22. Task/Competency DTE8427.010 Seven Steps to an Executive Summary 1. Read the entire article or document. 2. Underline, circle, or highlight the main ideas and information that support the main ideas. 3. List the main ideas. 4. Add supporting information to each main idea. 5. Link your main ideas together. 6. Read the summary again. 7. Look at the final summary.

  23. Task/Competency DTE8427.010 Presentation Skills • Know your audience. • Familiarize yourself with the environment for your presentation. • Demonstrate good people skills to achieve a positive first impression. • Prepare your message. • Be prepared to answer questions. • Evaluate your presentation.

  24. Task/Competency DTE8427.011 What Is Workplace Communication? • Workplace communication involves the entire workplace—among managers, supervisors, workers, union representatives, and customers. Both the workforce and the company benefit from effective workplace communication. • Workplace communication is central to changes that are being made in the workplace and is at the core of improved quality and productivity. If you review the list below of key concepts that are commonly connected with restructuring, and consider how these might be achieved in practice, you begin to realize the important role communication plays in the workplace.

  25. Task/Competency DTE8427.011 Key Concepts Used to Describe the “New Workplace” • Working in teams • Demonstrating collaborative quality management • Using multi-skills • Taking up the challenge of new technologies • Participating in industrial relations • Engaging in new ways of learning—both on-the-job and/or off-the-job

  26. Task/Competency DTE8427.011 Downward Communication Important in ensuring that decisions taken by senior management result in consistent action by employee, and also aims to build greater commitment and improvement in standards of service • Traditional hierarchical communication: written and verbal instructions move downward from the boss to groups, and to the employee • Formalized employee participation rights • General staff information by means of notices, staff bulletins, newspapers, annual reports, training programs (this now includes radio, video, and computer bulletin board systems) • Building “company spirit” and loyalty: family-friendly policies, health/wellness center, and recreational opportunities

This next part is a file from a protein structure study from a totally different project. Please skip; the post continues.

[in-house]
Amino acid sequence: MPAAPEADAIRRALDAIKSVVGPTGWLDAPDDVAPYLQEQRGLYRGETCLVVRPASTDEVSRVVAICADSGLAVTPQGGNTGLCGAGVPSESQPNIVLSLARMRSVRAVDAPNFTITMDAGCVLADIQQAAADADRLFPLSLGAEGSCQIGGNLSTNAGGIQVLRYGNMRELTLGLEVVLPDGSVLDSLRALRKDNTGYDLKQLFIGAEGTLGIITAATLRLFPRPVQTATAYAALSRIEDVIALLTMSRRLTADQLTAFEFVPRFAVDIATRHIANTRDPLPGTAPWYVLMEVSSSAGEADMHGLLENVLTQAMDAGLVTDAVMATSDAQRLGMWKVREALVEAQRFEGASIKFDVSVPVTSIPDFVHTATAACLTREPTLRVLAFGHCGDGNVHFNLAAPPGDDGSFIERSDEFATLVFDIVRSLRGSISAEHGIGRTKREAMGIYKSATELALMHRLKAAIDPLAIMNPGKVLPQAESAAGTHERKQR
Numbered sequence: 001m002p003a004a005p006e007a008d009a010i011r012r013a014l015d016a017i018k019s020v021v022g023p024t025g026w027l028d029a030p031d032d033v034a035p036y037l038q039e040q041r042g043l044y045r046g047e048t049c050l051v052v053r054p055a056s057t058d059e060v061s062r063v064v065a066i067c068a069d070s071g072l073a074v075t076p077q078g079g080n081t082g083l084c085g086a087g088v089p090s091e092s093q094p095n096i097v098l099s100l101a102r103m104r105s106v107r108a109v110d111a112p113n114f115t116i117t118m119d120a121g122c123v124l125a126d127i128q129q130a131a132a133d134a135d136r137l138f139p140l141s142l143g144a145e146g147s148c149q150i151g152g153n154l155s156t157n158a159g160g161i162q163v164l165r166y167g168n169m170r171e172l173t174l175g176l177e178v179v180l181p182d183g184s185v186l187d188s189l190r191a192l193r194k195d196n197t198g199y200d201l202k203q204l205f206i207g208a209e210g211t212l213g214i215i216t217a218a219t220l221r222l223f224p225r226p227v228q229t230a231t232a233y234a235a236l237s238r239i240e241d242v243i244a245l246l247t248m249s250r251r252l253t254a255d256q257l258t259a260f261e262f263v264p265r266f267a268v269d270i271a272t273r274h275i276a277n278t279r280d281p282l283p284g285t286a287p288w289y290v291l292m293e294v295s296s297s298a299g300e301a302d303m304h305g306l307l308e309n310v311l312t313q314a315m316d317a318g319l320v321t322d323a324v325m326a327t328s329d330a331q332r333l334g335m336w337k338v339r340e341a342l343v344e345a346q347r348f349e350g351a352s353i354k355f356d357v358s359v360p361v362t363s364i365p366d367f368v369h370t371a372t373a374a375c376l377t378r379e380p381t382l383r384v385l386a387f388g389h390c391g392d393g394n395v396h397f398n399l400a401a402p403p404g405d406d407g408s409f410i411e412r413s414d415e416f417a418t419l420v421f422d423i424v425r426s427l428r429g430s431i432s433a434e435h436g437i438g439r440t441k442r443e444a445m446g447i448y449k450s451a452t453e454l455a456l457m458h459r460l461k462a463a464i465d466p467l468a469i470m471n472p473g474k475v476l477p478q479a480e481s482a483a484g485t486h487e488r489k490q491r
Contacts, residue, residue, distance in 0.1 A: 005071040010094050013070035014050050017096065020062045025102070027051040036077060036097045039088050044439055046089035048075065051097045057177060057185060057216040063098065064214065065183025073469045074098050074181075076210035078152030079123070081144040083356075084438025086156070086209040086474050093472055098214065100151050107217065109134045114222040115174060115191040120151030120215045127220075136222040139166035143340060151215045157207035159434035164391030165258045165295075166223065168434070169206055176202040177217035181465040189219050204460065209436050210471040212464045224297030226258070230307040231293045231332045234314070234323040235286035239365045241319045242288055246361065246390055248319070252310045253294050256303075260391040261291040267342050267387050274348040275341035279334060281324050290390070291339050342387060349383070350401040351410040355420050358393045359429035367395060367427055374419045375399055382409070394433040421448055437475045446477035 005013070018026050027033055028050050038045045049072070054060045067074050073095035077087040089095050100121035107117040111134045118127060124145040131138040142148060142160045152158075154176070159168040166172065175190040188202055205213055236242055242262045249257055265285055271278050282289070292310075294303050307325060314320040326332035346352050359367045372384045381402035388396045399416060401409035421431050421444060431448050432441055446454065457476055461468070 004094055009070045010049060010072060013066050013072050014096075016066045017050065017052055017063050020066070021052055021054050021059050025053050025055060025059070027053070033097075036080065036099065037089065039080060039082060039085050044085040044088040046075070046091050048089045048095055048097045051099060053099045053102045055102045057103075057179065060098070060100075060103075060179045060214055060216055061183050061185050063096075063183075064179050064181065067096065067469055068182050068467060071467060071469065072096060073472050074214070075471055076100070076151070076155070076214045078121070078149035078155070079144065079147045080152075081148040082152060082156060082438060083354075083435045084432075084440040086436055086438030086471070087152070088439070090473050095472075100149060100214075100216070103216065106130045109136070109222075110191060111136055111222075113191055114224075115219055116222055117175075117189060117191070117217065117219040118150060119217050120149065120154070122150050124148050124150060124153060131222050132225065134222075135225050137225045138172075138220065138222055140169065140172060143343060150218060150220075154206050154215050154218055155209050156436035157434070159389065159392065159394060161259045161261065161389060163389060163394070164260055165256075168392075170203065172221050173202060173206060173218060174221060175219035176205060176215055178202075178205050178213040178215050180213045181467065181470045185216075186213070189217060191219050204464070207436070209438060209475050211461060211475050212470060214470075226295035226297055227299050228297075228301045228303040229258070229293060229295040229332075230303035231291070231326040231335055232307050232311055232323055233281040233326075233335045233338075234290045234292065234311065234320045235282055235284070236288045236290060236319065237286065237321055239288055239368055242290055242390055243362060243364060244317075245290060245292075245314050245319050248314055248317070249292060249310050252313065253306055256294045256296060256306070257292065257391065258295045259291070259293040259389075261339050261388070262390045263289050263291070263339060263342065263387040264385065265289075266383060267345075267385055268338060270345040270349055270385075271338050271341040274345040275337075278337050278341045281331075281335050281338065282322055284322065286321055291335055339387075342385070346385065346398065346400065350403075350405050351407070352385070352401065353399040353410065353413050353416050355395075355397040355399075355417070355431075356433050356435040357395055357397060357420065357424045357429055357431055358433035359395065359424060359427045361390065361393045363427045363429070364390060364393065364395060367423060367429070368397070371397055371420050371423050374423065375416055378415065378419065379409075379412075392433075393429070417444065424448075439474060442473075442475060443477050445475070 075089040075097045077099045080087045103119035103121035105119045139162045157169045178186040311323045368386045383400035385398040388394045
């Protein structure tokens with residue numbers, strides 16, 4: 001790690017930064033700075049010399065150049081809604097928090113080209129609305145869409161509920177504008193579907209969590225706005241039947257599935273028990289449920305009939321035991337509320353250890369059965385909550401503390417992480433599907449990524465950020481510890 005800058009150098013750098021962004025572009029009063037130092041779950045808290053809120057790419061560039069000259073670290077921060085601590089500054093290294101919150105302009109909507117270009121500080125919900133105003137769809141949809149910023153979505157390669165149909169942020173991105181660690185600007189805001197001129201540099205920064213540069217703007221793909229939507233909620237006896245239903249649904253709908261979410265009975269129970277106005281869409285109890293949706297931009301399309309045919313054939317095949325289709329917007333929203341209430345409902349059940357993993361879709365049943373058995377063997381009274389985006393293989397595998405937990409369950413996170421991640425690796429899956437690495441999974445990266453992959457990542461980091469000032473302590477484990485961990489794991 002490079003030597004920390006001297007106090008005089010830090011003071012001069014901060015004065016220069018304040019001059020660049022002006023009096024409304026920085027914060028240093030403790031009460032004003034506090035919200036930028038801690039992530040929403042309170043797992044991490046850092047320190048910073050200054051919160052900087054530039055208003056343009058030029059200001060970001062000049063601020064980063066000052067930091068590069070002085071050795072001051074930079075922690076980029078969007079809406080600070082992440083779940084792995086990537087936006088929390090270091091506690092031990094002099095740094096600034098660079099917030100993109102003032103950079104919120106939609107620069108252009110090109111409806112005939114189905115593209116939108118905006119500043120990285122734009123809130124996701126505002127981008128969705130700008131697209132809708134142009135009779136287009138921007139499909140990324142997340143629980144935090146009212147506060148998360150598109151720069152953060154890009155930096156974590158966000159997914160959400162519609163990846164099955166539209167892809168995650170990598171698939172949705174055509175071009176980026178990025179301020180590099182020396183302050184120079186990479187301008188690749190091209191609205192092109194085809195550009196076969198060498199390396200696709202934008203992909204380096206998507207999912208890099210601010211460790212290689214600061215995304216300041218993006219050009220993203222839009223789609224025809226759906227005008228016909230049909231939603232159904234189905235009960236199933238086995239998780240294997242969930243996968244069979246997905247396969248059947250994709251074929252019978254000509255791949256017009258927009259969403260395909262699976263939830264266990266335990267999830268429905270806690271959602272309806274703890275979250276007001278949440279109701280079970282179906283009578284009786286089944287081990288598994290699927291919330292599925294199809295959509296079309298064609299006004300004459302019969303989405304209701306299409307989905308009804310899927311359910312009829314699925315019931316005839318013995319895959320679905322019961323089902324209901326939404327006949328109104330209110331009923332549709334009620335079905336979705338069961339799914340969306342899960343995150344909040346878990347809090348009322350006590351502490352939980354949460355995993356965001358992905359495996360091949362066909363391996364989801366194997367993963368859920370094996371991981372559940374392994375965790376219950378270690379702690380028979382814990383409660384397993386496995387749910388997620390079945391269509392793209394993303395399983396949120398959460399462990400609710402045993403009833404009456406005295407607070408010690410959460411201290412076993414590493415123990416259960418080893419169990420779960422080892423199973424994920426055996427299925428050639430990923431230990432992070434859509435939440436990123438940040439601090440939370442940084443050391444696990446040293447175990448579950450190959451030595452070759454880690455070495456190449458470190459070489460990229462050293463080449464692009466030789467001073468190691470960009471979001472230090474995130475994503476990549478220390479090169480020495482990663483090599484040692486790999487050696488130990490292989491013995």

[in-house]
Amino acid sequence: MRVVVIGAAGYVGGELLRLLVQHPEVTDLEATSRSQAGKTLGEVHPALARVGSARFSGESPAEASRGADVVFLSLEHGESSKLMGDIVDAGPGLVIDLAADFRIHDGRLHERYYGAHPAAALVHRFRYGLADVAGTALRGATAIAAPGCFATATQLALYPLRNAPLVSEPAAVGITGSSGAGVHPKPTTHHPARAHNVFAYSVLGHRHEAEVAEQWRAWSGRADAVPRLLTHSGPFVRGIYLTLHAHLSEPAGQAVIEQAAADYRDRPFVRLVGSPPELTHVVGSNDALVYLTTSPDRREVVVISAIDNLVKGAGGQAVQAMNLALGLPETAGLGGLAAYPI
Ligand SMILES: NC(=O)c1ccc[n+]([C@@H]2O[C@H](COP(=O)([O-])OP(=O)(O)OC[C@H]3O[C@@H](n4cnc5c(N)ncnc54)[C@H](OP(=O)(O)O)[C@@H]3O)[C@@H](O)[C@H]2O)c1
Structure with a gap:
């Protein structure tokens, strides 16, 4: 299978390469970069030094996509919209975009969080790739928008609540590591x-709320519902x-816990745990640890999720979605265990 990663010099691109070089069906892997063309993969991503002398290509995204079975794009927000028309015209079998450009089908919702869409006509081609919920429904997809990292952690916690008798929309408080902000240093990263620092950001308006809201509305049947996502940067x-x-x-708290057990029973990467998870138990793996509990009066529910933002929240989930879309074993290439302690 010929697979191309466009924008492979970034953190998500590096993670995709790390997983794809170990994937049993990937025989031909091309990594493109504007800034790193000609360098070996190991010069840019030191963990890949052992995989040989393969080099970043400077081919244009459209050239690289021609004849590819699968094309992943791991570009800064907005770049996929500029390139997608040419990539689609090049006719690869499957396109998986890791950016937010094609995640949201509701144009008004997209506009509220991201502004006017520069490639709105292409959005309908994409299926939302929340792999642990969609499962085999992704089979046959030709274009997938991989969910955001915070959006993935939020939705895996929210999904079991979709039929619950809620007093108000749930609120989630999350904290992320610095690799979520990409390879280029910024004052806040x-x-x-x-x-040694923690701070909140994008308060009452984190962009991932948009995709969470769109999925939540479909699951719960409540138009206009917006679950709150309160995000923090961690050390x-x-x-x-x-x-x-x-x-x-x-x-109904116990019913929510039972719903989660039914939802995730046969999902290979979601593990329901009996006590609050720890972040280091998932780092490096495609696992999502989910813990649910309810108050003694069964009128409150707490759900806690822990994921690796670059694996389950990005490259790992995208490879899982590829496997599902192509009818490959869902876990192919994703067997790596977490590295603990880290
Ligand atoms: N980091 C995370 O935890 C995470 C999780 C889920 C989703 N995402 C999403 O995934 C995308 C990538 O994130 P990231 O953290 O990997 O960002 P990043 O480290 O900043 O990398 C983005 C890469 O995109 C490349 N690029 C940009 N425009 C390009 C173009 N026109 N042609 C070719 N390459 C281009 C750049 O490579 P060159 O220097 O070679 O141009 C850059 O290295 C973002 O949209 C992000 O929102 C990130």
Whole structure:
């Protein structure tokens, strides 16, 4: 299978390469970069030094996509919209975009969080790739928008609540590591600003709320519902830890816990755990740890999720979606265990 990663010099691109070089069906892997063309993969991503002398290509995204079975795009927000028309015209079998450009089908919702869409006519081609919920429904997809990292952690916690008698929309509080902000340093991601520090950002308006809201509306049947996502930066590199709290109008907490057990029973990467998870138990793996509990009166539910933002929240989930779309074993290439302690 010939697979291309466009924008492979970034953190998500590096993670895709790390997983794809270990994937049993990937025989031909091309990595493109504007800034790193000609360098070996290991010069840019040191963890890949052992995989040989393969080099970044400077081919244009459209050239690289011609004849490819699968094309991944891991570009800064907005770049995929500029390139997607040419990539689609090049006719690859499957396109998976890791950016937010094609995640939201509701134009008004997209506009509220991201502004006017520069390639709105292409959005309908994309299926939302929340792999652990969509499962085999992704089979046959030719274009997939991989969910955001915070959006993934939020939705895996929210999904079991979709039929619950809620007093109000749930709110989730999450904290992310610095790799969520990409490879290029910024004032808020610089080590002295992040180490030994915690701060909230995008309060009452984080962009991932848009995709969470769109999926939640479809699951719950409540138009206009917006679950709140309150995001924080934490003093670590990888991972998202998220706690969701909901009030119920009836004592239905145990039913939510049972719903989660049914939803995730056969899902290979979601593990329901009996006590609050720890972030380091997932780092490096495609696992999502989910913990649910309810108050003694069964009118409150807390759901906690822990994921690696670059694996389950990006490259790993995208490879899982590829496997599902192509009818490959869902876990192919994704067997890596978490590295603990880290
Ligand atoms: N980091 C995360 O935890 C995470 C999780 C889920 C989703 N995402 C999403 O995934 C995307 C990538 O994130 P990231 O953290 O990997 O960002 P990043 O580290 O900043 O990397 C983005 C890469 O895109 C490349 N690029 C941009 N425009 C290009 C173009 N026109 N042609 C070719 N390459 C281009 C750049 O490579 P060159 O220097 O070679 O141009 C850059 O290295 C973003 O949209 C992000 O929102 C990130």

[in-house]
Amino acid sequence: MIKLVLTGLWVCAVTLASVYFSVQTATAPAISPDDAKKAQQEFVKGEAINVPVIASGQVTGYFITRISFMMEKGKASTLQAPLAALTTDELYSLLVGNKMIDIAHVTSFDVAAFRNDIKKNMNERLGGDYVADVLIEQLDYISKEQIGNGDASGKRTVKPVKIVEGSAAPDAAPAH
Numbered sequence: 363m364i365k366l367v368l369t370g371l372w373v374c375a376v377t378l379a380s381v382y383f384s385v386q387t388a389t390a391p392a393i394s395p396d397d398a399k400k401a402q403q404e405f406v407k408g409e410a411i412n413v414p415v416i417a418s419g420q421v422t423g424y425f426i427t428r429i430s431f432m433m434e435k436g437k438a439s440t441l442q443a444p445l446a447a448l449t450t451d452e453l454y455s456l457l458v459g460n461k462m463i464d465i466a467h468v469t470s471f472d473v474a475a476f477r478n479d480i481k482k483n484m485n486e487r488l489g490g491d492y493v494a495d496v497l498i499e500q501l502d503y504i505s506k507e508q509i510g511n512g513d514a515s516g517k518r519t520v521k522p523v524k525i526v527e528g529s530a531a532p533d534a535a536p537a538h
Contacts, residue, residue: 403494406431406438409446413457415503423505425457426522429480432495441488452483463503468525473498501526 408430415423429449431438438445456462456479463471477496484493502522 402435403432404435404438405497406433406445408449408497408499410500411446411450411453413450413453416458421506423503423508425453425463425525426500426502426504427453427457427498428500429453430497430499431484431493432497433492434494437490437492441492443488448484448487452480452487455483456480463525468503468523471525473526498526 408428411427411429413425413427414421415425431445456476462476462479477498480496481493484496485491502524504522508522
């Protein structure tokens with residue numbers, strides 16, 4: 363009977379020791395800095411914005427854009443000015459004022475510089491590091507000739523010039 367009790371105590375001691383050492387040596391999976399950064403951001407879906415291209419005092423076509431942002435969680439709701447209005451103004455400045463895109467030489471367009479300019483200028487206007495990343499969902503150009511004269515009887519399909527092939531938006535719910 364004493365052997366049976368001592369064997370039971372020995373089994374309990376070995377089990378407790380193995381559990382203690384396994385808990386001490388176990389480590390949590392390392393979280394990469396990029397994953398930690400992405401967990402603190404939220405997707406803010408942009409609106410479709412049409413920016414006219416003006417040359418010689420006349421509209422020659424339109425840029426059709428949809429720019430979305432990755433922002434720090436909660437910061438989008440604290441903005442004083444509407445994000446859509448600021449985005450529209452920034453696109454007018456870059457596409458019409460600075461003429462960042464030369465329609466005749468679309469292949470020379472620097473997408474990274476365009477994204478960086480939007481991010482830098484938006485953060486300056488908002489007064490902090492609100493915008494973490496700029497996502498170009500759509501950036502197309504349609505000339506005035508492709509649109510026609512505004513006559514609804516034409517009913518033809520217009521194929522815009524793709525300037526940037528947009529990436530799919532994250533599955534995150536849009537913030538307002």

27. Task/Competency DTE8427.011 Downward Communication, continued • Informal “cascade” systems—the “grapevine” • Formal “cascade” systems, e.g., group meetings, information, and team-building conferences and seminars • Team briefings • Managers “walking the job”: checking on effectiveness of communication and “penetration” of essential information • Total Quality Management systems

  28. Task/Competency DTE8427.011 Upward Communication Important in helping management to understand and be alert to employee concerns and problems, provides information necessary for good decision-making, and improves motivation • Staff suggestion and complaints procedures • Formalized employee participation rights • Staff attitude surveys • Staff meetings, either direct or through trade union structure • Managers “walking the job”: informal discussions with workers • Quality circles of work teams